If the relationships among artificial intelligence, machine learning, and deep learning were one thing that confuses me the most at the beginning of my data science journey, countless terms in computer vision are not helping with the rest of the journey.
However, there is no way for me to avoid them since drone data are mainly images. Trying to make the computer process and analyse those images like humans is essentially computer vision.
Therefore, I would like to share my understanding of some of the most confusing terminologies I encountered previously.
If I could go back in time and tell the new-to-computer-vision version of me, I will categorise the terms into two groups: result-related and method-related
Result-related terms for Computer Vision (tutorial)
The history of computer vision is inseparable from artificial intelligence. What people are trying to achieve are different levels of human understanding of images. Therefore, there is a lot of vocabulary used to precisely describe each level. (Trust me, this might also be a great way to improve your English if you’re a non-native speaker like me ;))
I’d like to use the development of Facebook photo tagging as an example to explain the first three concepts.
Do you remember how exciting it was that you can tag your friends in a photo? In the beginning, all you can do is click your mouse on your friend’s face and say who this is.
Then, it got a little smarter. Before you click, it starts to draw little boxes around faces, or face-like structures. This is detection.
Image detection or object detection is probably the two of the most common phrases once you want to learn something about computer vision. This is pretty straightforward: it detects a type of object. In other words, the computer will go through the image, locate the object and then say yes or no if it’s the type of object we are looking for.
After a while, Facebook published Facebook Page Shop. Now you can tag products as well. To tell differences between products and the good old human faces. It becomes a question of classification.
Classification, as many people said on the internet, is a more advanced version of detection. This is because now the computer is facing multiple types of objects or so-called “classes”. When it finishes detection, it needs to sort different objects into categories. Thus taking a little bit more effort.
Previously you still need to tell Facebook who this person is or what that product was. Now, it gets so much smarter. Once you’ve uploaded an image with your friends, Facebook will automatically circle the familiar faces and then suggest a name right away. This is recognition.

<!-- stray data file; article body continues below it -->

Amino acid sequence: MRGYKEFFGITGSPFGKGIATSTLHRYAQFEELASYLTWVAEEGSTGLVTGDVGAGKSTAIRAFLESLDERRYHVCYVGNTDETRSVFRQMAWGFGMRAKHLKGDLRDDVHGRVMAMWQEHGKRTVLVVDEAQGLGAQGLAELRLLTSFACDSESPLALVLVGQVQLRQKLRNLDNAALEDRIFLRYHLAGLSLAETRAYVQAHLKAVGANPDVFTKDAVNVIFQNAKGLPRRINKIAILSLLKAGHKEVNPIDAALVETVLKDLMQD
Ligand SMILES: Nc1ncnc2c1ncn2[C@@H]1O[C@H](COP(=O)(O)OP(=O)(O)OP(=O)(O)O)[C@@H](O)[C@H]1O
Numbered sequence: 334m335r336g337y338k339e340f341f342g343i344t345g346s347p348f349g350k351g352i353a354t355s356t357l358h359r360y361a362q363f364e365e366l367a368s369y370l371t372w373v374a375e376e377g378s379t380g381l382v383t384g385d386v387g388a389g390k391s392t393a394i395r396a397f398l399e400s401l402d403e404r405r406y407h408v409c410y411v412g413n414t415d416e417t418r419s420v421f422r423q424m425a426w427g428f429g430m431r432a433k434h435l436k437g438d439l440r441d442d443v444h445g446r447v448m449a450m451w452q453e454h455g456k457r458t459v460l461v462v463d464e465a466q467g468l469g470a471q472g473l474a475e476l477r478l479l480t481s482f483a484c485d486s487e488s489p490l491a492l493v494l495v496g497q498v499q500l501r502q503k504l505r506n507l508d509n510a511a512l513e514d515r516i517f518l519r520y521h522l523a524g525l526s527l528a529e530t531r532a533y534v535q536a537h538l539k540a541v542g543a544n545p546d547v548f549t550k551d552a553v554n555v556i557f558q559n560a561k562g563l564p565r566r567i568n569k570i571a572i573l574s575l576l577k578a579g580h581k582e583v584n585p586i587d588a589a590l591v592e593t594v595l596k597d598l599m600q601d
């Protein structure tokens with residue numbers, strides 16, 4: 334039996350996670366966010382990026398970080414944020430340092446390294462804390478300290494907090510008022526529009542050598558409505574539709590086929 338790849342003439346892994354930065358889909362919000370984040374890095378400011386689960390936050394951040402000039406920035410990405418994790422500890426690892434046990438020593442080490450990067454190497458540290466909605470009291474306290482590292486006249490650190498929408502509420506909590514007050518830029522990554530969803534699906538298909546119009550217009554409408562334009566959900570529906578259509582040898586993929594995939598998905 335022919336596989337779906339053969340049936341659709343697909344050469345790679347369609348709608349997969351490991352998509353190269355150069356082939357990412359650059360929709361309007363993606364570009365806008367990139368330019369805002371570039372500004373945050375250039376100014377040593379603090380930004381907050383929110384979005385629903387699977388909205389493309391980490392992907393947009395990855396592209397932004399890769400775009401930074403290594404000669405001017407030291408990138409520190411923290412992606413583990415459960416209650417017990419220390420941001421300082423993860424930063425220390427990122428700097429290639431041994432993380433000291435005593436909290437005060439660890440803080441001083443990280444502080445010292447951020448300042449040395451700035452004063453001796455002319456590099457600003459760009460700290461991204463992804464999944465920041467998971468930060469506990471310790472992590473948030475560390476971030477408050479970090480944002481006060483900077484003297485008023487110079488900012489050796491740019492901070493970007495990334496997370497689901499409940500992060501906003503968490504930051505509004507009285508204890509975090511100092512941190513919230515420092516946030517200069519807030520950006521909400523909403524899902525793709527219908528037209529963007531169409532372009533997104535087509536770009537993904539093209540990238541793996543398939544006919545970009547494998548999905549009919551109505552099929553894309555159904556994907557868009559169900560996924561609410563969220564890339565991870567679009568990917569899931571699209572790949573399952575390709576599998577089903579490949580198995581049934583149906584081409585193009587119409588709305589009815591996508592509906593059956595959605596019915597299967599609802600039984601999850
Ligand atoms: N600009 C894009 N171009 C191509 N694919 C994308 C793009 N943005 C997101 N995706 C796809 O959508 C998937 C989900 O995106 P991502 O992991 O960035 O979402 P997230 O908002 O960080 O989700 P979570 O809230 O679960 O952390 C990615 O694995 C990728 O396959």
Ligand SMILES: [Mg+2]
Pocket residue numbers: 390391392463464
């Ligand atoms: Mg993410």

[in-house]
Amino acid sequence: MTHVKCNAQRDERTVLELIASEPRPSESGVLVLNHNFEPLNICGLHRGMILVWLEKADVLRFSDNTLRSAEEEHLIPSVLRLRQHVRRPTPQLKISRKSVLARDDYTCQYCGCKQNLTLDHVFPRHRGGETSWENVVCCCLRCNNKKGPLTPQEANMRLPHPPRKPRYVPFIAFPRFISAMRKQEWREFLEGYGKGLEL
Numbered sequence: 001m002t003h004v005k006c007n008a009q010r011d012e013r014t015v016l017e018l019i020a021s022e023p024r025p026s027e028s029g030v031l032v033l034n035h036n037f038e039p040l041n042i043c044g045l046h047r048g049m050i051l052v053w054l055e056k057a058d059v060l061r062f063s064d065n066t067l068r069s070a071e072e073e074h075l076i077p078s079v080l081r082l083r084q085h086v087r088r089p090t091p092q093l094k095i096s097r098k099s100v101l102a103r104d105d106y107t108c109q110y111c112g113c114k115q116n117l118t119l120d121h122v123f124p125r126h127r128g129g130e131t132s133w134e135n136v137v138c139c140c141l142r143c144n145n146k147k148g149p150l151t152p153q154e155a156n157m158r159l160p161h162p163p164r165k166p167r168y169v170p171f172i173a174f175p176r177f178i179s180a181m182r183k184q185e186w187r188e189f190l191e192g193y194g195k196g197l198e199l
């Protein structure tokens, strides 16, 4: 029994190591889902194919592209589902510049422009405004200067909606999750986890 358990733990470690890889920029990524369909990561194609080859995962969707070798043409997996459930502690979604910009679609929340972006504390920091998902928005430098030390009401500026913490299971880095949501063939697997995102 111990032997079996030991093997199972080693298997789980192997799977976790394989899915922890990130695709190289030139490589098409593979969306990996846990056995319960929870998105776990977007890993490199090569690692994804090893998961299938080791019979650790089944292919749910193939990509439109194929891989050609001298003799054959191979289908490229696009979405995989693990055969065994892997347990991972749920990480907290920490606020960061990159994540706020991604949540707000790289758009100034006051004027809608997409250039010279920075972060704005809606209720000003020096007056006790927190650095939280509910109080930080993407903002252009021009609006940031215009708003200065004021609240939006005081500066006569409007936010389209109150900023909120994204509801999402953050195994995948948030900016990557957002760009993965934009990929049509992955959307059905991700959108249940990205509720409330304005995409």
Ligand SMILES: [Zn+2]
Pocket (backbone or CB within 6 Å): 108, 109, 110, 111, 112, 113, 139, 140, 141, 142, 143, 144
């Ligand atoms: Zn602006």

Recognition, as in recognising individuals, is trying to distinguish each unique instance within the same category. It is the most complicated process among all three. Our brains have been trained to recognise faces since we were born with new input data every day and we still mistake some people for others once in a while. You can imagine how difficult it can be for a machine.
Now if we take a step back, there are also terms related to the tagging process in computer vision. The tagged photo and notifications are the results we get. But let’s not forget that what enables social media to do so is because we are helping them to build up enormous training data by clicking and typing names around the faces.
Tagging, or more often known as “labelling”, is the process that using text to describe images and make them more understandable for the computer so that people can train machine learning models based on these labels.
Again, the tech terms do not make it easy for beginners. Let’s look at another four commonly used words and phrases that are related to the tagging method.
Consider this image below (the two kittens that I fostered who can never get enough of each other), there are four different ways of labelling them.
Yes, we come across the exact same word again. Although it’s a relatively more complicated process when analysing the image, in the labelling process, it’s the simplest term. It’s a simple “yes” or “no” for each image you are going to label.
In this case, yes there are cats in this picture.
5. Bounding boxes
The bounding box is the next step by locating the object in the images. As you can see from the image below. The kittens are circled out by the green boxes.
6. Semantic Segmentation
Sometimes, people are not satisfied with the rough location of a box. There are still a lot of pixels within the boxes that are not part of the cat. Therefore, semantic segmentation is a precise polygon that traces around the boundaries.
7. Instance segmentation
Yet semantic segmentation only tells you the categories. Instance segmentation can provide a pixel-wise mask on each individual instance, which make the label most precise.
Either it’s a result-related or a method-related term, we all have a similar dictionary when we are dealing with drone imagery. Hope today’s explanation with our Computer Vision Tutorial can help you to clarify a little bit more about this topic.